Ski in Niseko or Furano post-COVID-19?
Updated: Jun 17
Call us biased if you like, but there are some very valid reasons to consider Furano to be a safer ski travel destination post-COVID-19. In this blog post, we break down the facts we believe are worth considering.
Avoiding COVID-19 requires social distancing and avoiding crowded settings.
As the most widely known destination internationally for powder skiing in Japan, Niseko has become exceptionally busy and crowded during its snow season.
Furano, on the other hand, is considered the hidden gem of Hokkaido, with largely crowd-free slopes, even in peak periods.
The added bonus in Furano is that it has the driest, lightest and most reliable powder snow in Hokkaido…indeed in all of Japan.
First up, Furano is split into two large ski areas on different mountain faces: the 'Furano Zone' and the 'Kitanomine Zone'. This ideal mountain layout is connected via a dedicated ski lift and trail and the two Zones function like huge, separate ski areas. This layout enables skiers and riders to readily spread out over the approximate 430 acres of skiable terrain, resulting in little or no congregating at ski lifts, even on weekends and other peak periods.
Although Niseko ski resort extends over 4 faces of the one mountain, the area experiences far greater numbers of skiers and riders throughout its winter season. This situation, a result of more aggressive marketing both domestically and internationally, makes for far greater congestion. It has also fed into a proliferation of new hotel and other accommodation development in recent years, funnelling more and more people into the same size skiable area, further exacerbating crowds and congestion.
The heightened risk of community transfer [in Niseko] is readily apparent.
Surprisingly, facilities expansion in Niseko has not kept pace with building development. In its main ski, après ski and accommodation area of Hirafu, skiing and riding take place almost shoulder-to-shoulder during the season! The negative implications for social distancing given this situation are pretty clear.
In its busy winter seasons, Niseko relies on imported labour to operate its facilities, restaurants and services. With this brings a heightened risk for COVID-19 ‘community transfer’ within the resort’s mostly-international workforce, who come from far and wide to spend the ski season - all from differing COVID-19-affected reaches of the world. A majority of staff living together in worker-accommodations also heightens the risk of ‘super-spreader' events.
In comparison, Furano draws on its vibrant, year-round township and large permanent population for its staffing requirements. Furano’s labour force, lives and works in much less crowded conditions, and being almost exclusively Japanese, aspects of COVID-19 risk mitigation such as the wearing of face masks, and not shaking hands, or hugging and kissing friends and acquaintances as readily, are longstanding and almost ubiquitous social mores.
Such considerations lead us fairly easily to the conclusion that Furano, rather than Niseko, offers its visitors a more favourable holiday environment when it comes to mitigating the risk of COVID-19 infection.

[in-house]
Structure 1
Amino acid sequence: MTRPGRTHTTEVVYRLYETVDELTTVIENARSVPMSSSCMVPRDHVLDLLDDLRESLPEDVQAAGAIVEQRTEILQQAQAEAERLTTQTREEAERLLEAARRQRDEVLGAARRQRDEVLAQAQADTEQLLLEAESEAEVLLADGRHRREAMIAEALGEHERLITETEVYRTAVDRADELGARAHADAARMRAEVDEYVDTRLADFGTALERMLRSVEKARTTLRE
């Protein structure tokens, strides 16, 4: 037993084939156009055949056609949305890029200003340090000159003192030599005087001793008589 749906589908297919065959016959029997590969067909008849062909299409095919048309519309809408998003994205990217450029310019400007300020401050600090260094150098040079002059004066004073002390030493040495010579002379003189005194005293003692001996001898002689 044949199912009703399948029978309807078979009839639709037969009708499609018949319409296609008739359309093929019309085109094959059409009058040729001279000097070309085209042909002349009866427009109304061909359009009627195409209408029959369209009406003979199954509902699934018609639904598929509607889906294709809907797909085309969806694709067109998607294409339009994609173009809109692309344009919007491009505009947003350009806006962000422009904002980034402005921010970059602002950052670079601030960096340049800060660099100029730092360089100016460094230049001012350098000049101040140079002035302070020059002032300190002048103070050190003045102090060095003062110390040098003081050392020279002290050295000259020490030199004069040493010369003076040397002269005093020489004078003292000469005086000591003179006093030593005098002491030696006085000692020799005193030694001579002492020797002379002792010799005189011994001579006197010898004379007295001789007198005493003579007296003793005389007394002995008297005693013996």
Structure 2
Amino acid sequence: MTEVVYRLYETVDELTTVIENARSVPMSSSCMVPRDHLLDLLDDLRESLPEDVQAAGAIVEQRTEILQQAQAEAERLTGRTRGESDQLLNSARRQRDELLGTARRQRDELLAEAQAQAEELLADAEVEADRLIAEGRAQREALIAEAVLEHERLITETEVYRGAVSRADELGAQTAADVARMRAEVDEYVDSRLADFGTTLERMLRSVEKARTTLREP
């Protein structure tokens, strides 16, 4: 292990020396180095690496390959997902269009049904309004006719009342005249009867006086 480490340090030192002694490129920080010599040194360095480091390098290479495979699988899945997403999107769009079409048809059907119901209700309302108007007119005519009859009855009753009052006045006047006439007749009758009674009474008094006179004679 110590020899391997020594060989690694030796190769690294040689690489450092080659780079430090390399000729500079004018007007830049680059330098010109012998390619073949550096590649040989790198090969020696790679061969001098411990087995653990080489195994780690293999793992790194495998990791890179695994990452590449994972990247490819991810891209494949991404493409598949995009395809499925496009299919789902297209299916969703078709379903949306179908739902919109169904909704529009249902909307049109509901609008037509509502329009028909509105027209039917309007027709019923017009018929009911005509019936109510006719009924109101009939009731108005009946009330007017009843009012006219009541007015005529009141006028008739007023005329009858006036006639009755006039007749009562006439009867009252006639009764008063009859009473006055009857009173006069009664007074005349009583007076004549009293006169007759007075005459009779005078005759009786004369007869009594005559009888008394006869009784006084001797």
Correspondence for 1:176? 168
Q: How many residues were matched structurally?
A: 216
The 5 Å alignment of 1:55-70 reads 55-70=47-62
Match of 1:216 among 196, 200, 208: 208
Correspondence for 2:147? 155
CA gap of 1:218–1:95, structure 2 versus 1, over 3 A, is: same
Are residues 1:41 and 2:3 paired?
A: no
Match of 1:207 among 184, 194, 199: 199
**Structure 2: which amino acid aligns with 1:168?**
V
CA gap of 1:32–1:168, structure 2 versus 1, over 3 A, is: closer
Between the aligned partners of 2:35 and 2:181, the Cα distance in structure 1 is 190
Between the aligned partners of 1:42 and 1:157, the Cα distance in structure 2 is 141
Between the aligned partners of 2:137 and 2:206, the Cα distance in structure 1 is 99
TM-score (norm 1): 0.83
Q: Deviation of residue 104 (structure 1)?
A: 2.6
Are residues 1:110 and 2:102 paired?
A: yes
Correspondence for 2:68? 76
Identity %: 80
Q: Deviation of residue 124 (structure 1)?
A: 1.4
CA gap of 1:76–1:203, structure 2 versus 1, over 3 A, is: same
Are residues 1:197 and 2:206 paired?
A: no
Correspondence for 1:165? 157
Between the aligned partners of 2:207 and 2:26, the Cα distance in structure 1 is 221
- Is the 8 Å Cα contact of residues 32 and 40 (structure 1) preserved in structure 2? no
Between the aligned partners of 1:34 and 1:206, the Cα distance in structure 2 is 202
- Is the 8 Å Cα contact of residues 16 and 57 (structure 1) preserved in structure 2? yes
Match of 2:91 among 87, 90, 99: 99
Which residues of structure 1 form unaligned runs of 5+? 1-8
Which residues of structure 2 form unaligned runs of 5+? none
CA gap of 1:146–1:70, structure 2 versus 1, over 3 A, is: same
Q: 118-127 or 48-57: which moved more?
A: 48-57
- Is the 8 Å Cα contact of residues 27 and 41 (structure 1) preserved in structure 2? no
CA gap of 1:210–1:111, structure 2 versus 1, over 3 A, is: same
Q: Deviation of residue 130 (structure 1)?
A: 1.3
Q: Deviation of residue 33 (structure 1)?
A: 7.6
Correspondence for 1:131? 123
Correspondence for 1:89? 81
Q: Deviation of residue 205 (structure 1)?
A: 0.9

About Furano Ski Resort:
The lesser-known Furano is actually considered by those that know, to be Hokkaido’s best snow destination. Its 24 trails are accessed via nine ski lifts, including Japan’s fastest ropeway (cable car), and a high capacity gondola. The resort has a vertical of approximately 900m and its longest downhill run extends to 4.5kms.
For those that like to cruise, Furano’s network of well-manicured, long groomers are second to none and makes it the top choice.
The lesser-known Furano is actually considered by those that know, to be Hokkaido’s best snow destination.
For advanced skiers and riders, some of the best off-piste and side-country terrain in Hokkaido is on offer and is now accessible via an extensive, designated gates system (note: avalanche equipment and access reporting required).
Furano is also the perfect basecamp for backcountry enthusiasts, with several prime areas, including Tokachidake and Asahidake – the latter being Hokkaido's tallest mountain, and the ‘holy grail’ destination for backcountry skiing in Japan, within easy driving distance for day trips. Other nearby resorts of Kamui and Tomamu, also within day-trip driving distance provide additional on and off-piste options plus backcountry areas.
Furano enjoys sunnier (bluebird) days than its coastal weather pattern affected counterpart, Niseko.
Furano's further list of superior attributes includes its central Hokkaido location and its relatively higher elevation than Niseko. This situation leads those that know to rate Furano's snow the best, as the consistently lower temperatures that result in Furano, ensure that its snow is the driest and lightest in Hokkaido.
Over 8m of snow falls annually in Furano, largely at night meaning Furano enjoys sunnier (bluebird) days than its coastal weather pattern affected counterpart, Niseko.
Recently, Furano’s range of hotel and boutique accommodation options has grown, but at a significantly slower pace than in Niseko. First amongst the recent upgrades in Furano was Furano Lofts, which opened in 2016 and quickly established itself as the new benchmark for accommodation and service excellence in Furano.
Read our blog on how to choose accommodation post-COVID-19 or make contact with the Furano Lofts’ Guest Services team to make a reservation enquiry.